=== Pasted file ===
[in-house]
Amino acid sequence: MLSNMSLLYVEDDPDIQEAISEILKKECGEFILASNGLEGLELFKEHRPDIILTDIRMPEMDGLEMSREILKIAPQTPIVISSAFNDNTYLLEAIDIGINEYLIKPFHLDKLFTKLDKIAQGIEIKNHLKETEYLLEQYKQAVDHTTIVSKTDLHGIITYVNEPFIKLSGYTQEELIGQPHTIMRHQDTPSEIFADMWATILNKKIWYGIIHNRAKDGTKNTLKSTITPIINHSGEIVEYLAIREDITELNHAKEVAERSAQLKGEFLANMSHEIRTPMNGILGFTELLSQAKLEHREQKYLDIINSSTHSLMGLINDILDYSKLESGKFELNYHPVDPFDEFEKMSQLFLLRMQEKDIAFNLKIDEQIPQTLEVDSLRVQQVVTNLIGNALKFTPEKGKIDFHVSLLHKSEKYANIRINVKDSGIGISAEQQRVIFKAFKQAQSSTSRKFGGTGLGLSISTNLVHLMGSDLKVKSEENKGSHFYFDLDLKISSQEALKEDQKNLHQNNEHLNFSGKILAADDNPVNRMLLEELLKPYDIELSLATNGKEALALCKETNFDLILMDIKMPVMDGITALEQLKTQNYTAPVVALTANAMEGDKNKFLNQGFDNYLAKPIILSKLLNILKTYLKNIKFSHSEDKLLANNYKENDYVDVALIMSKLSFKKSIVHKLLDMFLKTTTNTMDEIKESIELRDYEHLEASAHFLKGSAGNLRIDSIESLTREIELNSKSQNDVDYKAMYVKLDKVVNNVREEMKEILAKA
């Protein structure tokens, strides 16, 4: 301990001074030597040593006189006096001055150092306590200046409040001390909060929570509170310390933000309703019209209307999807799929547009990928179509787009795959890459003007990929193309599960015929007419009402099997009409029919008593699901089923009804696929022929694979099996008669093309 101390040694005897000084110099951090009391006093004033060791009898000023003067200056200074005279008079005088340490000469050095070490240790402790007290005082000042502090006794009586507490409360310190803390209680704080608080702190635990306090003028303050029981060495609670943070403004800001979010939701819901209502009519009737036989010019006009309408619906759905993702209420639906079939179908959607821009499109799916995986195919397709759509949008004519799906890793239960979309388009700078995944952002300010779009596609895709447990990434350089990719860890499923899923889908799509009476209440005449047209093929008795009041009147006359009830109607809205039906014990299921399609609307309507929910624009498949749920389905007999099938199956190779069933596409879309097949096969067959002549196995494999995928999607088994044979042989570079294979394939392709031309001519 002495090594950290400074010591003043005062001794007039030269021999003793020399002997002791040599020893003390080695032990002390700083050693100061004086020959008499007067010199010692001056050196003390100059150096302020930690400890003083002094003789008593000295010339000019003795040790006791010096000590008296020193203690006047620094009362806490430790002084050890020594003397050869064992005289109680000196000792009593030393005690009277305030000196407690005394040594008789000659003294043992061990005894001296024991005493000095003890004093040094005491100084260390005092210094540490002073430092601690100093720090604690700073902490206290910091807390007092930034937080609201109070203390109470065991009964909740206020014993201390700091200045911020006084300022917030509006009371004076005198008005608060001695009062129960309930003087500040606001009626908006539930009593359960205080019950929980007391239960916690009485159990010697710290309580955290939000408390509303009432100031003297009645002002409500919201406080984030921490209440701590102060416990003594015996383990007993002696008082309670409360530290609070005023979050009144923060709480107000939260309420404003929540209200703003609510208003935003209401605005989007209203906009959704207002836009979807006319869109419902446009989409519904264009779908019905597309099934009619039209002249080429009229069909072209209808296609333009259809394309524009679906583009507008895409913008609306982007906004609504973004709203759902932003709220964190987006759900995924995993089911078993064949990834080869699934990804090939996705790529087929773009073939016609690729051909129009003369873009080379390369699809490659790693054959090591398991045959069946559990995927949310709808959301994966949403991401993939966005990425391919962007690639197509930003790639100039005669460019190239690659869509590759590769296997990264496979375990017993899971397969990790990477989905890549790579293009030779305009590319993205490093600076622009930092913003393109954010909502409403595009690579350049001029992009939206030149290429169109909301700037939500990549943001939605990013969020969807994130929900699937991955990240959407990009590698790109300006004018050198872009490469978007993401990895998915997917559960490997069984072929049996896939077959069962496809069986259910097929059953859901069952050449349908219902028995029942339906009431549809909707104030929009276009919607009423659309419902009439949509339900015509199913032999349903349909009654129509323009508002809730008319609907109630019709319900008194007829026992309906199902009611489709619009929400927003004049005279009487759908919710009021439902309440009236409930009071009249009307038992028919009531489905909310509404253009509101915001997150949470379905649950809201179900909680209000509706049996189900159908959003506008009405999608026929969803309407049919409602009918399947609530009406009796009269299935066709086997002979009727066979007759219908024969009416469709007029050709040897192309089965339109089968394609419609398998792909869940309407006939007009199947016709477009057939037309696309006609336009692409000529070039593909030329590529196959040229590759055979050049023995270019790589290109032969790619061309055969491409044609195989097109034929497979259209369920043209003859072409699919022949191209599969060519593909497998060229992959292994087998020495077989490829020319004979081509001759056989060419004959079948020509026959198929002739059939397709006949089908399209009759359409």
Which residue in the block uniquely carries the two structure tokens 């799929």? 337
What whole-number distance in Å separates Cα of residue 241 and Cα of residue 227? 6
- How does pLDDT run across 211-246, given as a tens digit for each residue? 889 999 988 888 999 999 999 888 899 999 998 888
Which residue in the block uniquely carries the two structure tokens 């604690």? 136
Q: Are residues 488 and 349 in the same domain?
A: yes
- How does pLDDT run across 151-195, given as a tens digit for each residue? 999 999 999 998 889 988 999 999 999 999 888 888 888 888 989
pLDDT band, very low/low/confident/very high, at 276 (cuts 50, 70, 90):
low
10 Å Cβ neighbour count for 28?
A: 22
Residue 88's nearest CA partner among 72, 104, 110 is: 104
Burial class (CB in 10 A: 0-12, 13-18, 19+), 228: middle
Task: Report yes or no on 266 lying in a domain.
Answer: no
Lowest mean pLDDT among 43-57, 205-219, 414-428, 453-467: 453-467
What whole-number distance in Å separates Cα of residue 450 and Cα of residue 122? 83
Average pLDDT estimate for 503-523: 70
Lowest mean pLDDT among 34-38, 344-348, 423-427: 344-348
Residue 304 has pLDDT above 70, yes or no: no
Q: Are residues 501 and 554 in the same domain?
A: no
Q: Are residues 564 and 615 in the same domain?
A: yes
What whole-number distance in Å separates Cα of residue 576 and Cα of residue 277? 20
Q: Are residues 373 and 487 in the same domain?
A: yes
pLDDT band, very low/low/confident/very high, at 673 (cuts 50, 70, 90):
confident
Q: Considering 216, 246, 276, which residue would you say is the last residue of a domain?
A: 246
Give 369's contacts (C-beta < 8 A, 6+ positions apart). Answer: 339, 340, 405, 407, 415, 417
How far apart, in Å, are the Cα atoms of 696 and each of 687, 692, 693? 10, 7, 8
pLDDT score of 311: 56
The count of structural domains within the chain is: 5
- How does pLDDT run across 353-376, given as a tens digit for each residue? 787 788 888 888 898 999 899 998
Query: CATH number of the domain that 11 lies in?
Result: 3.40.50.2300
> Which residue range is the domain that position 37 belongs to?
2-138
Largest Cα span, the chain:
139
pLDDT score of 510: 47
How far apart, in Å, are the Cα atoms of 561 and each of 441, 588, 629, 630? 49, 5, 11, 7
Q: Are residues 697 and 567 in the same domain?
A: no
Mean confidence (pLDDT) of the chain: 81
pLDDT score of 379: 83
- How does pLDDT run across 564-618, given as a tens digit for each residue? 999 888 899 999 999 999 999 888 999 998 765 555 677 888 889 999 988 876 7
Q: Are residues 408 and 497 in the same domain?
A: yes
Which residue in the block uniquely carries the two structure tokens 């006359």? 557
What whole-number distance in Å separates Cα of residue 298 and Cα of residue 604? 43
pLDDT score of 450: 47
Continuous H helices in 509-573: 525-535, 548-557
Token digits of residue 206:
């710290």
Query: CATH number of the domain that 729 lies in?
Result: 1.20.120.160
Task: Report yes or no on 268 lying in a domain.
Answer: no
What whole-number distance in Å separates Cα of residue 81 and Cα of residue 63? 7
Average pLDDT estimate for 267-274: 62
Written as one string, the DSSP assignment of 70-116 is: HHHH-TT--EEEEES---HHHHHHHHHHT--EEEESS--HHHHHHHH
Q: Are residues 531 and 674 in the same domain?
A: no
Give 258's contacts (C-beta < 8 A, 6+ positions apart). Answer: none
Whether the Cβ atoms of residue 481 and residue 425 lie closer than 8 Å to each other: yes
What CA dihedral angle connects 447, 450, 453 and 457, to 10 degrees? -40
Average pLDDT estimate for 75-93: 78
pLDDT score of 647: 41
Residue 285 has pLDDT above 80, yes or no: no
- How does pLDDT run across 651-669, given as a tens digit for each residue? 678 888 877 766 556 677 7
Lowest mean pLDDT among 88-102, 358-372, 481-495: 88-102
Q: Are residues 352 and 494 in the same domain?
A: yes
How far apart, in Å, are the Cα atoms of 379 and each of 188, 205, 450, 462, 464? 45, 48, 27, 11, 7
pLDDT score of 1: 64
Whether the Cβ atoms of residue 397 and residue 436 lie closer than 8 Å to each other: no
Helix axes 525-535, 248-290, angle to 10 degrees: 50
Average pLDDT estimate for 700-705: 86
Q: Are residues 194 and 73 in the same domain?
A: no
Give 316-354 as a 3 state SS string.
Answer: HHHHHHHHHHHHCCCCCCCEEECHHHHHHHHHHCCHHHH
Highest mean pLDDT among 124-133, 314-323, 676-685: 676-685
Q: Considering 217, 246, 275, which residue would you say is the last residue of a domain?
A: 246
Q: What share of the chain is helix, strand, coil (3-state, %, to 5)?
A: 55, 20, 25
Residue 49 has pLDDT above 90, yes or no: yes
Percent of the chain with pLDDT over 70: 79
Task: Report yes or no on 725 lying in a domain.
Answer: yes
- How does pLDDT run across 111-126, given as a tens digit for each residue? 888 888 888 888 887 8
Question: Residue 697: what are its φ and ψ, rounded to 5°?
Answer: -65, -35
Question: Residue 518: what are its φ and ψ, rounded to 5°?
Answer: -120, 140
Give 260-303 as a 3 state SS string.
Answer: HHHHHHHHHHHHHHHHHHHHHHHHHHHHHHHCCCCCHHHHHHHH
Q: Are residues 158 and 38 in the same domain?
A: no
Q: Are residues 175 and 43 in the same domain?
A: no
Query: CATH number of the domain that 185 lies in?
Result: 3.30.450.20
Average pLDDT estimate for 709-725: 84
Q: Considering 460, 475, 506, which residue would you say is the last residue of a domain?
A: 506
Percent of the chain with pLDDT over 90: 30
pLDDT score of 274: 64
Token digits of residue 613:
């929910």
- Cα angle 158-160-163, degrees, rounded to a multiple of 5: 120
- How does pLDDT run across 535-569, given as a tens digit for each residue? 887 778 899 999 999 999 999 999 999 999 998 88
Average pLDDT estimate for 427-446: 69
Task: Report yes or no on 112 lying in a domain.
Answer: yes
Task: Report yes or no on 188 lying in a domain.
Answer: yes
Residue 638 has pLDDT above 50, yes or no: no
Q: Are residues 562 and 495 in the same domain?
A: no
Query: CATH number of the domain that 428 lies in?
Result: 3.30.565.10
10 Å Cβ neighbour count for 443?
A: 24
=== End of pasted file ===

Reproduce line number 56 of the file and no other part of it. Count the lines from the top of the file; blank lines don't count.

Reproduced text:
What whole-number distance in Å separates Cα of residue 298 and Cα of residue 604? 43